Crypto-Mining Malware Rising Fast, Hackers Increasingly Targeting Cloud

Check Point’s mid-year cyber-attack report reveals that 42 percent of organizations globally have been hit by crypto-mining intrusions and that sophisticated attacks on cloud infrastructures are growing.

Cryptomining

During the last couple of years, cyber-security has been largely about the huge influx of malware flowing through the veins of the internet. The problem hasn’t gone away by any means, but now in 2018 there’s an even larger threat: crypto-mining-specific malware.

Check Point Software, a global provider of cyber-security solutions, on July 12 released its “Cyber Attack Trends: 2018 Mid-Year Report,” revealing that cyber-criminals are aggressively targeting organizations by using crypto-mining malware to develop illegal revenue streams. At the same time, cloud infrastructures appear to be the growing target among threat actors.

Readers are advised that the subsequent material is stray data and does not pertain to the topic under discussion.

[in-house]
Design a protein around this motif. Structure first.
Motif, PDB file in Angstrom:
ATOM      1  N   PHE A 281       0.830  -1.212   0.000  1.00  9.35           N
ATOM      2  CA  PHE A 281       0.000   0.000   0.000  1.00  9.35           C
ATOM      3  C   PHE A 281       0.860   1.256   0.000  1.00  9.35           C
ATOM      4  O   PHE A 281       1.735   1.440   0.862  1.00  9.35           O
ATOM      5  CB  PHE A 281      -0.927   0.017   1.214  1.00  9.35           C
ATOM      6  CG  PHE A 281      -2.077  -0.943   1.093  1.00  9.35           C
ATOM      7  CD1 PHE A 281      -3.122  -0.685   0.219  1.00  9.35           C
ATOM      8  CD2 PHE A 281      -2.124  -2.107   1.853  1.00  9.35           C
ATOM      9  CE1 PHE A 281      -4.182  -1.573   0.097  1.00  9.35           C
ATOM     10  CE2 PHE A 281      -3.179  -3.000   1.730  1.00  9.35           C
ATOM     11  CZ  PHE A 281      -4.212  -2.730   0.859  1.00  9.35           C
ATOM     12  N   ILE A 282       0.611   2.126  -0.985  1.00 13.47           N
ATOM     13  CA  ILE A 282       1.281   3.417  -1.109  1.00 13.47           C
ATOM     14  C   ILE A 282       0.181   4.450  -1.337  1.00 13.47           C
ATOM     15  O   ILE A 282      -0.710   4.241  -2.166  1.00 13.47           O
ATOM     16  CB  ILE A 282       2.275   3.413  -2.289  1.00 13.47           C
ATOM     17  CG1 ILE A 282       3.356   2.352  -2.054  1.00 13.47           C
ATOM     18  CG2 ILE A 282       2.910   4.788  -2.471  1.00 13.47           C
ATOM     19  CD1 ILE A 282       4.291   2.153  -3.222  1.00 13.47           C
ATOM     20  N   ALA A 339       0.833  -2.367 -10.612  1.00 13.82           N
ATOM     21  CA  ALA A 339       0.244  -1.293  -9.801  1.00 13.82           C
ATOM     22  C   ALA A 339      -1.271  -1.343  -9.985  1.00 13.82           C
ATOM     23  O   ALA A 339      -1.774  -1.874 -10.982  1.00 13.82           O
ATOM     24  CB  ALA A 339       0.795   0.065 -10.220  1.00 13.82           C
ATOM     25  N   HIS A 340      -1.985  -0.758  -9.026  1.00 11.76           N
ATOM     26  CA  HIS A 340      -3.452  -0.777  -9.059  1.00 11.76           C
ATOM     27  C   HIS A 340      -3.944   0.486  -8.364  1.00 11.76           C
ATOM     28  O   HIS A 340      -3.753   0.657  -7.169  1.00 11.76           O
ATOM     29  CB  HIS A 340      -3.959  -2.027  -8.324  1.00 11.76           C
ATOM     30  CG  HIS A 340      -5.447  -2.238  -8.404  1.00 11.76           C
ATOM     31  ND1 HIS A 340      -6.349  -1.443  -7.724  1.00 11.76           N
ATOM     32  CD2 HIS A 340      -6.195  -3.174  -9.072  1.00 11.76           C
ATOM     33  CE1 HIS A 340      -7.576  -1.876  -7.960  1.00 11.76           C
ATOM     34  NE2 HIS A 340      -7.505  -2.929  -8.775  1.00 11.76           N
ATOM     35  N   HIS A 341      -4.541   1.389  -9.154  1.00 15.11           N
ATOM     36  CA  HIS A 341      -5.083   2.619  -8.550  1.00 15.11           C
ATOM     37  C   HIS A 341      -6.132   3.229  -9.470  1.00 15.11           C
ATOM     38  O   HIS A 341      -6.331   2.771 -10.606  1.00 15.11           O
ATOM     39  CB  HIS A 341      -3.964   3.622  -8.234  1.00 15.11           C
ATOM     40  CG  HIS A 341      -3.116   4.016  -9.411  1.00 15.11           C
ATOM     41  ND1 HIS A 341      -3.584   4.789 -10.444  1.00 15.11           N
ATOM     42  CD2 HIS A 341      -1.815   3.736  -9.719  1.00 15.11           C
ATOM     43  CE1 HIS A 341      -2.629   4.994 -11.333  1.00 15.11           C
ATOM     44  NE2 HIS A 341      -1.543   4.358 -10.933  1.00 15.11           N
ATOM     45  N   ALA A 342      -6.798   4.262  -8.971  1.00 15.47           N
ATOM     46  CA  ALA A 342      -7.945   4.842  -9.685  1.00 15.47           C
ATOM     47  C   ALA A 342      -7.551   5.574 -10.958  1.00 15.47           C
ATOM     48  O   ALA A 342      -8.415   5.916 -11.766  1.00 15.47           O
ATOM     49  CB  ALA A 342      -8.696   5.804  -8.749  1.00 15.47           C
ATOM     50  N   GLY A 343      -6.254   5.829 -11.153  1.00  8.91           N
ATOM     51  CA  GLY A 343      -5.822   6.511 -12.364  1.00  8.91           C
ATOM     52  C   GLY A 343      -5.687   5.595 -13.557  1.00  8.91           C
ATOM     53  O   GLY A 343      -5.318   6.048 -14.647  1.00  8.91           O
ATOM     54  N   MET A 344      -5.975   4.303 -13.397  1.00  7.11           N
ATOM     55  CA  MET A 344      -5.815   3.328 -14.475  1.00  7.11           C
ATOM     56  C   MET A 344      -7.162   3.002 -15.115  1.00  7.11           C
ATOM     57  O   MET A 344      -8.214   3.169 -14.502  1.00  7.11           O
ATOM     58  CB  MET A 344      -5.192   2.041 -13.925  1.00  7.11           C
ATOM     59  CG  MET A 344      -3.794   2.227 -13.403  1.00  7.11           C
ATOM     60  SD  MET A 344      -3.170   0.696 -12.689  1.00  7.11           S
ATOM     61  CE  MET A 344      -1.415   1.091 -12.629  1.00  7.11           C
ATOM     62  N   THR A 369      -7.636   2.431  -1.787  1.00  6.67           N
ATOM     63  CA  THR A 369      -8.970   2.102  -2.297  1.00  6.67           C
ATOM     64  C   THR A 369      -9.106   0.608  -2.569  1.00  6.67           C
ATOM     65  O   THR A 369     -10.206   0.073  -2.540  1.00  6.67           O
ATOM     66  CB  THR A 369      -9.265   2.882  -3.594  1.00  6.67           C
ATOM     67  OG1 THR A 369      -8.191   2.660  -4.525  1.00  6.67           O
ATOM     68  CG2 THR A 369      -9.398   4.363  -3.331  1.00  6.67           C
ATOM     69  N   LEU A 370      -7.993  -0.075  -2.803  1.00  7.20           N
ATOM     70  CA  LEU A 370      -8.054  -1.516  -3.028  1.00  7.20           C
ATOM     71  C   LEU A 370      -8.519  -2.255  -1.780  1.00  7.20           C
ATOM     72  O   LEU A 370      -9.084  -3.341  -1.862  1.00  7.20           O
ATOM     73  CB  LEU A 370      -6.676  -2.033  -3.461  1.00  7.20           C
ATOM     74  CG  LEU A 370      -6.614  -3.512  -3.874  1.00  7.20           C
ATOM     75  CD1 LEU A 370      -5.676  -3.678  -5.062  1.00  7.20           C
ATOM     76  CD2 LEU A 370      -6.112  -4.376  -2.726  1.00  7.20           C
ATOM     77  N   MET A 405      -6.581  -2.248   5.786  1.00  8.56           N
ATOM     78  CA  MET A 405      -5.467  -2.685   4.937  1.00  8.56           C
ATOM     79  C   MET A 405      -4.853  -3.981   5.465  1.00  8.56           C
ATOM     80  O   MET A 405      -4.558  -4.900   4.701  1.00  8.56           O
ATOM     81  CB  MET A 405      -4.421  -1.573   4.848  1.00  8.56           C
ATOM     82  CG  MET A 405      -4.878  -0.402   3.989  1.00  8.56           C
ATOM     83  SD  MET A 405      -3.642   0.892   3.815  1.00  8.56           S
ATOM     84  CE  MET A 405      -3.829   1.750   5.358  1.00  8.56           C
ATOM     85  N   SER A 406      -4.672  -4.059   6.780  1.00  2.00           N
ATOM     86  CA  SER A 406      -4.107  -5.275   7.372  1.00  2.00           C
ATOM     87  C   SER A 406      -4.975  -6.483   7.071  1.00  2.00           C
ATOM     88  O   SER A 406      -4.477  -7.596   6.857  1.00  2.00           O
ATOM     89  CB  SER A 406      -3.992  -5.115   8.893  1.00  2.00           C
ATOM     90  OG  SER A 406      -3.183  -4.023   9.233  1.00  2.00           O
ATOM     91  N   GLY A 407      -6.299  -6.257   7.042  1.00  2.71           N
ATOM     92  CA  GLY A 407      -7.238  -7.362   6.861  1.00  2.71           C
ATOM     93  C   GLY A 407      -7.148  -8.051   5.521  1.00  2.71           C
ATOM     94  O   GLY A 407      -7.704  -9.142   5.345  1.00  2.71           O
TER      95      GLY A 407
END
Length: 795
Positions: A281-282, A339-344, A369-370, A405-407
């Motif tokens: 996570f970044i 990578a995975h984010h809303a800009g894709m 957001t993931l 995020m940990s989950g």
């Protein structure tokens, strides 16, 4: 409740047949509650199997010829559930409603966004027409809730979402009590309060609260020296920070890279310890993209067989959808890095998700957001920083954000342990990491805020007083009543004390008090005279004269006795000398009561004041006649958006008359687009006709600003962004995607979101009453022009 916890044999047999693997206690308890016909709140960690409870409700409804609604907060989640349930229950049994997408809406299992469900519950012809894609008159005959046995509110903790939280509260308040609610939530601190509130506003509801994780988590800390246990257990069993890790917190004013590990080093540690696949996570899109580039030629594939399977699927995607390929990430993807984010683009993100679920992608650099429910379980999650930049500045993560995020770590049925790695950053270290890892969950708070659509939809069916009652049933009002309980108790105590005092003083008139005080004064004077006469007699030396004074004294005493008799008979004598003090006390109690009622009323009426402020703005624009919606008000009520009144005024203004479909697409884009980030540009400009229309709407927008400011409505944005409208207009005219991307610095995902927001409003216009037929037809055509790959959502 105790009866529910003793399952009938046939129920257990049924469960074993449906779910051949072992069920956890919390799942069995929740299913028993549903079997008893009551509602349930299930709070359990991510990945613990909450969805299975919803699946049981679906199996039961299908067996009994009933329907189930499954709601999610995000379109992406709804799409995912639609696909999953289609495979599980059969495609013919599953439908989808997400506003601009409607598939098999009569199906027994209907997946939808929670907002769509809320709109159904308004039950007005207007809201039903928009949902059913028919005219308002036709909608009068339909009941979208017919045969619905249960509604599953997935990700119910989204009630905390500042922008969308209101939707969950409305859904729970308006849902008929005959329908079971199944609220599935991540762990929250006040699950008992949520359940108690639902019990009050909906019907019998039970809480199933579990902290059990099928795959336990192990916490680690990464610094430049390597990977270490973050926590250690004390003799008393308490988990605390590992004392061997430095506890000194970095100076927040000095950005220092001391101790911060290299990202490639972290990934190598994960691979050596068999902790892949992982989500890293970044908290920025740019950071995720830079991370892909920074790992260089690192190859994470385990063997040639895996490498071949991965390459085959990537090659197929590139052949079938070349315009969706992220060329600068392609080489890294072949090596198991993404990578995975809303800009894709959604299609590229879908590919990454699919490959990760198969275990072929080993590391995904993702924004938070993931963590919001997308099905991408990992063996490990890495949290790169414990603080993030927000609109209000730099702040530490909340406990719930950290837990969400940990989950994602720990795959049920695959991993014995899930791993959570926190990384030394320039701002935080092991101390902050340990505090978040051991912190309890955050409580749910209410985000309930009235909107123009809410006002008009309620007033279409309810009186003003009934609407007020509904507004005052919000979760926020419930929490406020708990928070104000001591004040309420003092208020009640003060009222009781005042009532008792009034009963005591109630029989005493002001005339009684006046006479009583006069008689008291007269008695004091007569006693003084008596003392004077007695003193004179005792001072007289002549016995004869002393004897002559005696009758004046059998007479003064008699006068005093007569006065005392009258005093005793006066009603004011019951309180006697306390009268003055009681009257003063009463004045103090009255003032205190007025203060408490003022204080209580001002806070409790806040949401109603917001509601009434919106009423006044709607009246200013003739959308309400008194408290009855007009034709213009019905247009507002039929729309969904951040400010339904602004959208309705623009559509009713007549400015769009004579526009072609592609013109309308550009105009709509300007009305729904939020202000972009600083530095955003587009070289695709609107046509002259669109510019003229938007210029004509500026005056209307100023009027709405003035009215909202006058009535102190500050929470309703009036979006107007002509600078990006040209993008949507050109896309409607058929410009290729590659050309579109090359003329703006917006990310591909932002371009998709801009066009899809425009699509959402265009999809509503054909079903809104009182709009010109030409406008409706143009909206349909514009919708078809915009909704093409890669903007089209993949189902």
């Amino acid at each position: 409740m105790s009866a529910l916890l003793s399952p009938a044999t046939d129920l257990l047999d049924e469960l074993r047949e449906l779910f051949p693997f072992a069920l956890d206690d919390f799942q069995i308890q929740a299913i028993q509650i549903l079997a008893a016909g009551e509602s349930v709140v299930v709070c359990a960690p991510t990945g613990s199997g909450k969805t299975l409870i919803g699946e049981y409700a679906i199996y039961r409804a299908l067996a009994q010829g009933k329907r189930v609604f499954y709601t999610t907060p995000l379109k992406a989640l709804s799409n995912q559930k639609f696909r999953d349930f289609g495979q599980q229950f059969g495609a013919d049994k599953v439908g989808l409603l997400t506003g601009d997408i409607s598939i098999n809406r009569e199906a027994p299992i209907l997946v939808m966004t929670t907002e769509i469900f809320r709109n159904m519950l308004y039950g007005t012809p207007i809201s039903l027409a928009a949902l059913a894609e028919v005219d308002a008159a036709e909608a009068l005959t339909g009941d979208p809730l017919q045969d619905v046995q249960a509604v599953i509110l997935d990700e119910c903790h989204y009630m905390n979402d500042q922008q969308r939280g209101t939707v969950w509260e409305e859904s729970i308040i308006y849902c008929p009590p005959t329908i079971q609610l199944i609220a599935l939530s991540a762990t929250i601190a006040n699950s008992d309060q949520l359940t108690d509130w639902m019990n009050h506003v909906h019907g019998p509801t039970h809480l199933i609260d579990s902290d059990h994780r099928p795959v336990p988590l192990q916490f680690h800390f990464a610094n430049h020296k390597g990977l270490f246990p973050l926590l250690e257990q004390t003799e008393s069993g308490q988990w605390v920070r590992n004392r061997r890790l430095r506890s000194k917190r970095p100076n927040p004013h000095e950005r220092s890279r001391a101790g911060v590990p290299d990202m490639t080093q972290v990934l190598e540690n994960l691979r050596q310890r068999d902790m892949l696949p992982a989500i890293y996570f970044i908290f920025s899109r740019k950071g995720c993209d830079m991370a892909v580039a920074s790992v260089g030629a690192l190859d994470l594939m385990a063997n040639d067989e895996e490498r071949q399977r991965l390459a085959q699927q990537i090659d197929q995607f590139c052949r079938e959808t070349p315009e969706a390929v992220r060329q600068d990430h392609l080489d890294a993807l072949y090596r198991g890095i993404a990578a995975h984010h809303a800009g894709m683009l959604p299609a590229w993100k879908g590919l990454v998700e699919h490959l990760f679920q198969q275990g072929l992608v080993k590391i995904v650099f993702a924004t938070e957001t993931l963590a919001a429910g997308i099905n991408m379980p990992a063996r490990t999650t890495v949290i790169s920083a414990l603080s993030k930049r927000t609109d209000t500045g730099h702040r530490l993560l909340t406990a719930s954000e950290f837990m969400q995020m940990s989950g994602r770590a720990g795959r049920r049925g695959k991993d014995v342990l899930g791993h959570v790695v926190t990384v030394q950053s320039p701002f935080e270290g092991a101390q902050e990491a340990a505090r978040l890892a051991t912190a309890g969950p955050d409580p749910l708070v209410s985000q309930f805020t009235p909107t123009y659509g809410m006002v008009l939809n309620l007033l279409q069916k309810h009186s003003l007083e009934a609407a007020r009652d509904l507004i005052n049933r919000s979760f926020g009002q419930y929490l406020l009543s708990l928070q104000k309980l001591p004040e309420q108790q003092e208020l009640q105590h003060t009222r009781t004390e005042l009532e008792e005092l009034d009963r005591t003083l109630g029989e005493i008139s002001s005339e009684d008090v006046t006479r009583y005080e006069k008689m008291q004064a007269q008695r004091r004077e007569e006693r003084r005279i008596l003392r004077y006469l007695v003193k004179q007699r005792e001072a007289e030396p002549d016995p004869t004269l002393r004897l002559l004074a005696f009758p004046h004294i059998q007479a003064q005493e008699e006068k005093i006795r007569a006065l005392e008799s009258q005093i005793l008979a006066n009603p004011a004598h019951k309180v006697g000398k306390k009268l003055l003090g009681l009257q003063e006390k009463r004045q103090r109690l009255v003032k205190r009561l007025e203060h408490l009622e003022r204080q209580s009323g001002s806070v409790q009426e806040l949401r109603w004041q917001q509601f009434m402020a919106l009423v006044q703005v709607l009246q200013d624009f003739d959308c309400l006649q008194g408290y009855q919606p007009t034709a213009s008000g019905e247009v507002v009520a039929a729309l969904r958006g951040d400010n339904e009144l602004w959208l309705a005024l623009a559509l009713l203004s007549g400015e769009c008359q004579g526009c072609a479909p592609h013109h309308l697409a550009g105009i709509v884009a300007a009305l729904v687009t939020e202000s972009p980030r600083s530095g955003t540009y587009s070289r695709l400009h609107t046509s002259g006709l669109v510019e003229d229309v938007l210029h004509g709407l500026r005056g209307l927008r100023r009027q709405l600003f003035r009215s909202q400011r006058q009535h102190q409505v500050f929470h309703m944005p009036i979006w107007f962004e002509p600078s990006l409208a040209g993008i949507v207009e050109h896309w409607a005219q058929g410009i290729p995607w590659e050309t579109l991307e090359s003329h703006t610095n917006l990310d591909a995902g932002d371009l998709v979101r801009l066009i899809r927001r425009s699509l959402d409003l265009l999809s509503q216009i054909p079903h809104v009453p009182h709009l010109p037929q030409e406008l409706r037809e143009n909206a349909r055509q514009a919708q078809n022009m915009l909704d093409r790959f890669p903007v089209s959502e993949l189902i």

Crypto-currency mining, or crypto-mining, is a process in which transactions for various forms of crypto-currency are verified and added to a blockchain digital ledger. In order to be competitive with other crypto-miners, though, a crypto-currency miner needs a computer with specialized hardware.

Crypto-mining malware enables cyber-criminals to hijack the victim’s CPU or GPU power and existing resources to mine crypto-currency, using as much as 65 percent of the end-user’s CPU power.  The top three most common malware variants seen in H1 2018 were all crypto-miners.

Instances of crypto-mining malware have doubled in six months

Between January and June 2018, the number of organizations impacted by crypto-mining malware doubled to 42 percent, compared to 20.5 percent in the second half of 2017. This is very alarming.